9. I have carefully examined the record and have heard the arguments of Ld. Counsel for the petitioners. I was assisted by the Senior State Counsel Sh.Balbir Singh. In my opinion the arguments of the petitioners both in relation to land being available for allotment and the petitioners being bonafide vendees are devoid of merit. The petitioners have admitted themselves that the land comprised in khasra No.45, which is the subject matter of the present dispute, was duly acquired on 26.7.1952. Their sole claim regarding land being available for allotment hinges around its so called de-notification by the Punjab Government on 30.5.91. It has been clearly brought out in the order dated 6.9.96 of the Chief Settlement Commissioner, who had also heard Shri Gurdial Singh, S.D.O. Drainage Department (and whose written averments on behalf of the Department are on record) that though the construction of Kapurthala Feeder Canal was abandoned, the Drainage Department constructed the Wadala Drain in the year 1962-63 on apart of the acquired land including khasra No.45, and to give it proper alignment, the Drainage Deptt. also acquired some other area. As a result, the possession of Khasra No.45 remained with the Punjab Government and the de-notification of the land acquired for the Feeder Canal never took place. It has also been pertinently pointed out in the order of the Chief Settlement Commissioner that since this area stood already acquired by the State Govt. in 1952, there was no question of its being included in the "Package Deal" dated 1961 between the Central Govt. and the Punjab Govt. nor of its becoming Central Govt. Property automatically in pursuance of letter of the Revenue Department dated 30.5.91. Rather, formal transfer from Punjab Govt. to Central Govt. never took place after 30.5.91. As brought out in para 2 of this order tile alleged de-notification dated 30.5.1991 on which heavy reliance has been placed by the petitioners was no statutory de-notification at all. The relevant government file shows that the so called de-notification dated 30.5.1991, was only an internal letter issued by the Revenue Department to the address of the Commissioner Jalandhar with copies endorsed to the Deputy Commissioner, Kapurthala and XEN Bist Doab Jalandhar (Canals) Irrigation Department conveying the approval of the Revenue Department to the release of certain acquired land to the original owners or right-holders. No formal de-notification took place through this letter. Rather it was a permission given in principle to the proposed release. Details of such release were, as- per set procedure, to be worked out separately by the Irrigation Deptt. which was the owner of the land. It also needs to be repeated here that mere permission by Revenue Department to the release of certain acquired area does not imply automatic de-notification. Since land is acquired by each Administrative Department through its own independent statutory notifications, under the relevant provisions of the Land Acquisition Act, a notification releasing the said land was also required to be issued formally by the Irrigation Department.  In this case the concerned department v vas the Irrigation Department under which both the Irrigation Wing dealing with the Kapurthala Feeder and the Drainage Wing dealing with the Wadala drain functioned.  It is, therefore, quite understandable why no de-notification ever took place in respect of khasra Nos.44, 45, 46 even after the issue of letter dated 30.5.1991. This v vas because the Wadala Drain was constructed partly by utilizing a part of the abandoned Kapurthala Feeder and partly by issuing fresh notification in 1962-63 itself. In his detailed reply before the Chief Settlement Commissioner, the S.D.O.(Drainage) also placed these notifications on record in support of the averments of his Department.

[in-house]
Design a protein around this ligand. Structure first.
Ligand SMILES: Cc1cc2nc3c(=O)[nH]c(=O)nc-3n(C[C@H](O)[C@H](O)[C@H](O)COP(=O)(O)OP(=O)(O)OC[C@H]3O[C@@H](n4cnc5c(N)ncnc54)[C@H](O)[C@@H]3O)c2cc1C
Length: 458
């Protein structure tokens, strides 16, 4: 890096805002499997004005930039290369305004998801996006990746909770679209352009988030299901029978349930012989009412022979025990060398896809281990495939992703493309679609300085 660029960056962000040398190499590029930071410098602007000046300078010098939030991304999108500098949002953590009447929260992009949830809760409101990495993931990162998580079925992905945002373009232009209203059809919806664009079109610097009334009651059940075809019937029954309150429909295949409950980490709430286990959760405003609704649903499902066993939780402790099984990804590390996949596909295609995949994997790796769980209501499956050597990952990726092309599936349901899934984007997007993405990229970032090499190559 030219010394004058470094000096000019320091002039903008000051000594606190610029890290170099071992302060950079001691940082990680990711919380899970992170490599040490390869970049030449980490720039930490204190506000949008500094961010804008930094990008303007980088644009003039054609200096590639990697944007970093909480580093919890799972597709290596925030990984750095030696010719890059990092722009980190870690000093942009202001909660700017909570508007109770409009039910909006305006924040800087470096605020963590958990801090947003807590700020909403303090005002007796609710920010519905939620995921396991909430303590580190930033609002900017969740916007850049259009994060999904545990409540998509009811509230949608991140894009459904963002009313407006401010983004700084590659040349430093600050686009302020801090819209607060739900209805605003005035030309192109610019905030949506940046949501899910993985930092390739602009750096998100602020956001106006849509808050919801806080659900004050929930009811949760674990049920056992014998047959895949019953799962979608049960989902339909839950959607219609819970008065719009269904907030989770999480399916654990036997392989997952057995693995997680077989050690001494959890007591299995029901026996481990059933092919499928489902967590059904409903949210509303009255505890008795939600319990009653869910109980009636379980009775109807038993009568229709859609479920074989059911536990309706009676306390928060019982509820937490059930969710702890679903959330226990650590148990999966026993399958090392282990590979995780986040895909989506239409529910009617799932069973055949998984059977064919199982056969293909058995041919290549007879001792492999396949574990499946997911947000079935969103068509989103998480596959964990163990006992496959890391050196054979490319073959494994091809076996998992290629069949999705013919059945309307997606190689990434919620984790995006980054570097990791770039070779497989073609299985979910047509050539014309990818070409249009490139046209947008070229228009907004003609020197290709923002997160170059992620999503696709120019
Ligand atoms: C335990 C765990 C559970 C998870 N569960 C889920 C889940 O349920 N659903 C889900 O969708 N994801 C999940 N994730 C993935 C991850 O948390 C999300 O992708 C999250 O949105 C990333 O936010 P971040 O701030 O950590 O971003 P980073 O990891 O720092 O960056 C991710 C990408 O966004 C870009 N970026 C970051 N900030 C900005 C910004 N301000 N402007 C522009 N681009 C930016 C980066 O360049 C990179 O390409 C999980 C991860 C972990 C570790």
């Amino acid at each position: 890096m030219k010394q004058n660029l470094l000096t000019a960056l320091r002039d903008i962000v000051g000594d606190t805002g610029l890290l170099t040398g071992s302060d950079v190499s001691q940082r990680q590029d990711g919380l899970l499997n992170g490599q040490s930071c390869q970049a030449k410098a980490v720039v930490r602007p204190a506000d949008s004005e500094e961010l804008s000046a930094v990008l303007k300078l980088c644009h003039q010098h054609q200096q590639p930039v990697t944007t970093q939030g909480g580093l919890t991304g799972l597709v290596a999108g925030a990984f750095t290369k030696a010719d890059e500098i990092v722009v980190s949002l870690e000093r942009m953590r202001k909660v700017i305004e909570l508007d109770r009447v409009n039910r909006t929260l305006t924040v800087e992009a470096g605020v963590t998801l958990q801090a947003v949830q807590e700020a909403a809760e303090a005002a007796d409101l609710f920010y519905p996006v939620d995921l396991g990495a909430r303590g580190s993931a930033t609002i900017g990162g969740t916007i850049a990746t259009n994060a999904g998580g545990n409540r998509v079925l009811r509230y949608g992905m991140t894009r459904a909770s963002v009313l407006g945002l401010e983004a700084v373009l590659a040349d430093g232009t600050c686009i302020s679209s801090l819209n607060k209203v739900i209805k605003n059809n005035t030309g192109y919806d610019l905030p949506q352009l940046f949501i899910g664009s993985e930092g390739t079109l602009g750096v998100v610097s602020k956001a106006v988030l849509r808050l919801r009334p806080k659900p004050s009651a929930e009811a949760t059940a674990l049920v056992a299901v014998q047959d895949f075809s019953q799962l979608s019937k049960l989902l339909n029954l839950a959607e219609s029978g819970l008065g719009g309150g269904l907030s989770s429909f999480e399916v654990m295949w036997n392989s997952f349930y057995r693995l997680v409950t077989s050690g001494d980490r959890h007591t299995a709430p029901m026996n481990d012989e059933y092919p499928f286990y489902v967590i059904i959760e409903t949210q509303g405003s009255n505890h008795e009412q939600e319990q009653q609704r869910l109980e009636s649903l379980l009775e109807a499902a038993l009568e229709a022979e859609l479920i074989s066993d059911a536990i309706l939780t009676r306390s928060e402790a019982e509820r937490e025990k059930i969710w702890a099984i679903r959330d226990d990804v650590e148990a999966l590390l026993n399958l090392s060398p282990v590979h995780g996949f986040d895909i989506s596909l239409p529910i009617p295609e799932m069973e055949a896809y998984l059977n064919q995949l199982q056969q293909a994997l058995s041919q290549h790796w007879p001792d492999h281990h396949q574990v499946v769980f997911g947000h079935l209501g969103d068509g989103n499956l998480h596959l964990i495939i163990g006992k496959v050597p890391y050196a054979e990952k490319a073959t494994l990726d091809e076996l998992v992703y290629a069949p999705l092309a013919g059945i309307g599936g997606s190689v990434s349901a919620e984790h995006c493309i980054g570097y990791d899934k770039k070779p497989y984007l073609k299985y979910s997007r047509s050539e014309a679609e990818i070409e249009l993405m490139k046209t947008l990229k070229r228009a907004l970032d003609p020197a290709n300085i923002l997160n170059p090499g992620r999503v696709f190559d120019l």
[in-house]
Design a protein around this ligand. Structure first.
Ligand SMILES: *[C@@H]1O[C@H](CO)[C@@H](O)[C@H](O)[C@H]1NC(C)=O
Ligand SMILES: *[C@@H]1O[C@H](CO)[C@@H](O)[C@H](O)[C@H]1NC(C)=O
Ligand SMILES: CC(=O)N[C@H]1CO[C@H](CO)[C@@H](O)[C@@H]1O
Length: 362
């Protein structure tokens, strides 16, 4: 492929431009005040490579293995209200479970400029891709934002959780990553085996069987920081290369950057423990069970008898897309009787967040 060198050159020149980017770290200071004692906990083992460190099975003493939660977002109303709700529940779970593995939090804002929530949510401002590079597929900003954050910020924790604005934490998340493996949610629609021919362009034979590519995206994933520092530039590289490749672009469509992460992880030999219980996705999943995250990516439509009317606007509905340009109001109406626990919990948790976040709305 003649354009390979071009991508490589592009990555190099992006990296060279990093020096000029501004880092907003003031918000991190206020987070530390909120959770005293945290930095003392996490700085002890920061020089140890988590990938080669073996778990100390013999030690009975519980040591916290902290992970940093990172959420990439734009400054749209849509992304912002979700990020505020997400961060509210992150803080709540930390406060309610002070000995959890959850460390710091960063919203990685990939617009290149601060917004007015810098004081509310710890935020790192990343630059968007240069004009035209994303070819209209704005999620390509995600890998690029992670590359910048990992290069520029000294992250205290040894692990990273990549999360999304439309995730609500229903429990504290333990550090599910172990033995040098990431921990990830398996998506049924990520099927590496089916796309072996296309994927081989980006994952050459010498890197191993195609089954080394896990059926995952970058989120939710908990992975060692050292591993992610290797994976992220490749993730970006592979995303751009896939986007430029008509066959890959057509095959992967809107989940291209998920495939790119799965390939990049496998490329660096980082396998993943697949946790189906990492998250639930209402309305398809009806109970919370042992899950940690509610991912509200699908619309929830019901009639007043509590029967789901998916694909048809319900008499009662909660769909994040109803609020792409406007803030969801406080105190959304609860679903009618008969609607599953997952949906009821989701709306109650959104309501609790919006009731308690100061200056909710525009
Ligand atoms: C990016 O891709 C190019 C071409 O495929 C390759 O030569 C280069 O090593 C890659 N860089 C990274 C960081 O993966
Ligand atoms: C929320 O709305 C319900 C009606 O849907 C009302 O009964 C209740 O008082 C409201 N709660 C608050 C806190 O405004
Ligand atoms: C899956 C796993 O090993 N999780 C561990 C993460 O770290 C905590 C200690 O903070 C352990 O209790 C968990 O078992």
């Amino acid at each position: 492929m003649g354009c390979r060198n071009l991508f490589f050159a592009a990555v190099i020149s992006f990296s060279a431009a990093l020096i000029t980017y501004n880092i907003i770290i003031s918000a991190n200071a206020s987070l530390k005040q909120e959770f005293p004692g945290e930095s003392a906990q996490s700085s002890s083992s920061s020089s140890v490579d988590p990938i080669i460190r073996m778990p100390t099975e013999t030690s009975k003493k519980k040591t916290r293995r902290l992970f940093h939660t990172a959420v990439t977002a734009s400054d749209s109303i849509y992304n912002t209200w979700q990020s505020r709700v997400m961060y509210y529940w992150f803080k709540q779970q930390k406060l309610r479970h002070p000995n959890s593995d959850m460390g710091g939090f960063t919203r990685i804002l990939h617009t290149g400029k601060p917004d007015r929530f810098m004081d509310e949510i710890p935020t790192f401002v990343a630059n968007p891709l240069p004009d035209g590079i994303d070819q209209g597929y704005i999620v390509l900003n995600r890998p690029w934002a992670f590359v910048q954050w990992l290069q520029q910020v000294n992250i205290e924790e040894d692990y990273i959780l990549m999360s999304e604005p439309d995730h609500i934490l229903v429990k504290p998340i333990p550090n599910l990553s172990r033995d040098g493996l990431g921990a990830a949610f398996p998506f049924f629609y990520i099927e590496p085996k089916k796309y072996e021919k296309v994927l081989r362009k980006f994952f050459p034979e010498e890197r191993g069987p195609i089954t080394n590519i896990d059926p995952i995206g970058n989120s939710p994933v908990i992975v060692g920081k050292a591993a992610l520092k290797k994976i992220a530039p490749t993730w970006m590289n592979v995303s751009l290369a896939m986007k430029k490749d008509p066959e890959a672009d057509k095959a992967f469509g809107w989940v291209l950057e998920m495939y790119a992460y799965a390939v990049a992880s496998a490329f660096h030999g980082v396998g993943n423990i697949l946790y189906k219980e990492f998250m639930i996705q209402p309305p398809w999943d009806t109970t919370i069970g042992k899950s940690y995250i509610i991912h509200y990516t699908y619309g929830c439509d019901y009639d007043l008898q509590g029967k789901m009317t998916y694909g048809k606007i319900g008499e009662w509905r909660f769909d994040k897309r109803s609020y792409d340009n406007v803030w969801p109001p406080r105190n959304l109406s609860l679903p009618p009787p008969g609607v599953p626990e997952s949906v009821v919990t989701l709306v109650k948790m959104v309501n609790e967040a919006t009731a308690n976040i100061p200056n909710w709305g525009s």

In view of this position there is no doubt left that the land was not available for allotment at all and the disputed khasra No.45 had been utilised by the Drainage Department for construction of Wadala Drain in 1962-63 alongwith some more land acquired for the purpose. The Tehsildar, Kapurthala was totally unjustified in allotting this land as per details contained in para 3 above. As already discussed the communication dated 30.5.1991 was no de-notification at all; but merely a permission to the Irrigation Department to proceed as per their proposal which proposal did not take practical shape as far as the disputed land is concerned because of its strategic location. Had the relevant Govt. records been placed before my learned predecessor by the then State Counsel there would have been no occasion for the remand of the case on this technical point.


10. The second main contention of the petitioners is that they had purchased the land after making proper inquiries and are bonafide vendees entitled to protection under Section 41 of the transfer of Property Act. They have argued that Section 24 of the Displaced Persons(C & R) Act, 1954, could not be invoked for cancellation of tile allotment as the allotment had not been obtained by fraud, misrepresentation or concealment of any material fact.

  In my opinion this argument is also devoid of any force. It appears that the prospective vendees (sons of Gurbachan Singh)-petitioners herein had developed a well-planned strategy to usurp this strategic piece of land. Sometime before the allotment to respondents No.3 to 6 (the proforma respondents), the petitioners got the khasra girdawari entries manipulated in their favour so as to show themselves to be in possession of the entire khasra No45, and in order to strengthen their claim by camouflaging their mischief they obtained an order of status quo from the Civil court in Civil Suit No.99 of 1990-91. The said suit was eventually dismissed in favour of the Punjab Government on 16.12.1992.